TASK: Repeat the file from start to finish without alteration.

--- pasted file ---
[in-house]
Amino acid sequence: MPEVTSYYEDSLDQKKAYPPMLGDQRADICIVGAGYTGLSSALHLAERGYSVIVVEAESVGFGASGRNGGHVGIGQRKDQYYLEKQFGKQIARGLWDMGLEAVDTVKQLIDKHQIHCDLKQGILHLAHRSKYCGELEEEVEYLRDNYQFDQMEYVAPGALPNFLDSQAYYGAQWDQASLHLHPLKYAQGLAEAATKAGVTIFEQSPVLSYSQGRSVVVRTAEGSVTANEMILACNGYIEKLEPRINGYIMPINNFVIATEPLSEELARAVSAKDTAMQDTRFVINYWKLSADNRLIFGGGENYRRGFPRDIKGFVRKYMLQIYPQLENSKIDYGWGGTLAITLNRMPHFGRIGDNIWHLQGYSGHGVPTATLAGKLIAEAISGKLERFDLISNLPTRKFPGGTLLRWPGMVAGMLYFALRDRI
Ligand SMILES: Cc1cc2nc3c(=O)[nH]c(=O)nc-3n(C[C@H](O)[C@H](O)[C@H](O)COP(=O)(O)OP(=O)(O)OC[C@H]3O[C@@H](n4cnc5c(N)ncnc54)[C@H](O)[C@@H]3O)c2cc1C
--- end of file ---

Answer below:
[in-house]
Amino acid sequence: MPEVTSYYEDSLDQKKAYPPMLGDQRADICIVGAGYTGLSSALHLAERGYSVIVVEAESVGFGASGRNGGHVGIGQRKDQYYLEKQFGKQIARGLWDMGLEAVDTVKQLIDKHQIHCDLKQGILHLAHRSKYCGELEEEVEYLRDNYQFDQMEYVAPGALPNFLDSQAYYGAQWDQASLHLHPLKYAQGLAEAATKAGVTIFEQSPVLSYSQGRSVVVRTAEGSVTANEMILACNGYIEKLEPRINGYIMPINNFVIATEPLSEELARAVSAKDTAMQDTRFVINYWKLSADNRLIFGGGENYRRGFPRDIKGFVRKYMLQIYPQLENSKIDYGWGGTLAITLNRMPHFGRIGDNIWHLQGYSGHGVPTATLAGKLIAEAISGKLERFDLISNLPTRKFPGGTLLRWPGMVAGMLYFALRDRI
Ligand SMILES: Cc1cc2nc3c(=O)[nH]c(=O)nc-3n(C[C@H](O)[C@H](O)[C@H](O)COP(=O)(O)OP(=O)(O)OC[C@H]3O[C@@H](n4cnc5c(N)ncnc54)[C@H](O)[C@@H]3O)c2cc1C